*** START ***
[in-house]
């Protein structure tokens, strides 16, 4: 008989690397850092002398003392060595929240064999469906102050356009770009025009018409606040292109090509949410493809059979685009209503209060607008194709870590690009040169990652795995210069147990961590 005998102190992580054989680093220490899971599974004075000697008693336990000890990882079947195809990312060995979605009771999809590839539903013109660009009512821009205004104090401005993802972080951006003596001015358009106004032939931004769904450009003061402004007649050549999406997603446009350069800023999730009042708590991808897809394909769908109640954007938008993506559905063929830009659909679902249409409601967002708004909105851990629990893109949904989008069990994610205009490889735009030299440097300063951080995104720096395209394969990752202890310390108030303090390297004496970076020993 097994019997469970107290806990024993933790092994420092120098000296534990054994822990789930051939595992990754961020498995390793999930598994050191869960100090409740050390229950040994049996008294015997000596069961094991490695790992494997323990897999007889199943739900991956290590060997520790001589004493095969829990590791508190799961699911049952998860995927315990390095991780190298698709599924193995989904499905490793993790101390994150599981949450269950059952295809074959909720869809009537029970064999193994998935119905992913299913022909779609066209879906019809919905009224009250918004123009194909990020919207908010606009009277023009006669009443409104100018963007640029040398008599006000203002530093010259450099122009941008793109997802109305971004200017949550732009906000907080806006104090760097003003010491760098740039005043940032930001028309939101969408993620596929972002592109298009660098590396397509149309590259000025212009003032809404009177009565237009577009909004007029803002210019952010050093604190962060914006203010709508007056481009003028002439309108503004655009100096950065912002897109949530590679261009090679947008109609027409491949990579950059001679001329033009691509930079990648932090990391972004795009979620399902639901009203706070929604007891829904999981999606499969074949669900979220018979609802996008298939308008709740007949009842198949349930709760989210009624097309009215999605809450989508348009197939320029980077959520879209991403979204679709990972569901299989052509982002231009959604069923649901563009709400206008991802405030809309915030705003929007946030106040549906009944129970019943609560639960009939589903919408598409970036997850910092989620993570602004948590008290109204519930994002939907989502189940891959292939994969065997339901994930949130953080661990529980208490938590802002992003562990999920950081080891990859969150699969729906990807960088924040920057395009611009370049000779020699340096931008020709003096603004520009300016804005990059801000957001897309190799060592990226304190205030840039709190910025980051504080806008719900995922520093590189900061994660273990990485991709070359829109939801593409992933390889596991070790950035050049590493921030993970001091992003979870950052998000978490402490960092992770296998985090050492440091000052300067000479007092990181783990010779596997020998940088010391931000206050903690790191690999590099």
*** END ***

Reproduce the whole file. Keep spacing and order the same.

[in-house]
């Protein structure tokens, strides 16, 4: 008989690397850092002398003392060595929240064999469906102050356009770009025009018409606040292109090509949410493809059979685009209503209060607008194709870590690009040169990652795995210069147990961590 005998102190992580054989680093220490899971599974004075000697008693336990000890990882079947195809990312060995979605009771999809590839539903013109660009009512821009205004104090401005993802972080951006003596001015358009106004032939931004769904450009003061402004007649050549999406997603446009350069800023999730009042708590991808897809394909769908109640954007938008993506559905063929830009659909679902249409409601967002708004909105851990629990893109949904989008069990994610205009490889735009030299440097300063951080995104720096395209394969990752202890310390108030303090390297004496970076020993 097994019997469970107290806990024993933790092994420092120098000296534990054994822990789930051939595992990754961020498995390793999930598994050191869960100090409740050390229950040994049996008294015997000596069961094991490695790992494997323990897999007889199943739900991956290590060997520790001589004493095969829990590791508190799961699911049952998860995927315990390095991780190298698709599924193995989904499905490793993790101390994150599981949450269950059952295809074959909720869809009537029970064999193994998935119905992913299913022909779609066209879906019809919905009224009250918004123009194909990020919207908010606009009277023009006669009443409104100018963007640029040398008599006000203002530093010259450099122009941008793109997802109305971004200017949550732009906000907080806006104090760097003003010491760098740039005043940032930001028309939101969408993620596929972002592109298009660098590396397509149309590259000025212009003032809404009177009565237009577009909004007029803002210019952010050093604190962060914006203010709508007056481009003028002439309108503004655009100096950065912002897109949530590679261009090679947008109609027409491949990579950059001679001329033009691509930079990648932090990391972004795009979620399902639901009203706070929604007891829904999981999606499969074949669900979220018979609802996008298939308008709740007949009842198949349930709760989210009624097309009215999605809450989508348009197939320029980077959520879209991403979204679709990972569901299989052509982002231009959604069923649901563009709400206008991802405030809309915030705003929007946030106040549906009944129970019943609560639960009939589903919408598409970036997850910092989620993570602004948590008290109204519930994002939907989502189940891959292939994969065997339901994930949130953080661990529980208490938590802002992003562990999920950081080891990859969150699969729906990807960088924040920057395009611009370049000779020699340096931008020709003096603004520009300016804005990059801000957001897309190799060592990226304190205030840039709190910025980051504080806008719900995922520093590189900061994660273990990485991709070359829109939801593409992933390889596991070790950035050049590493921030993970001091992003979870950052998000978490402490960092992770296998985090050492440091000052300067000479007092990181783990010779596997020998940088010391931000206050903690790191690999590099």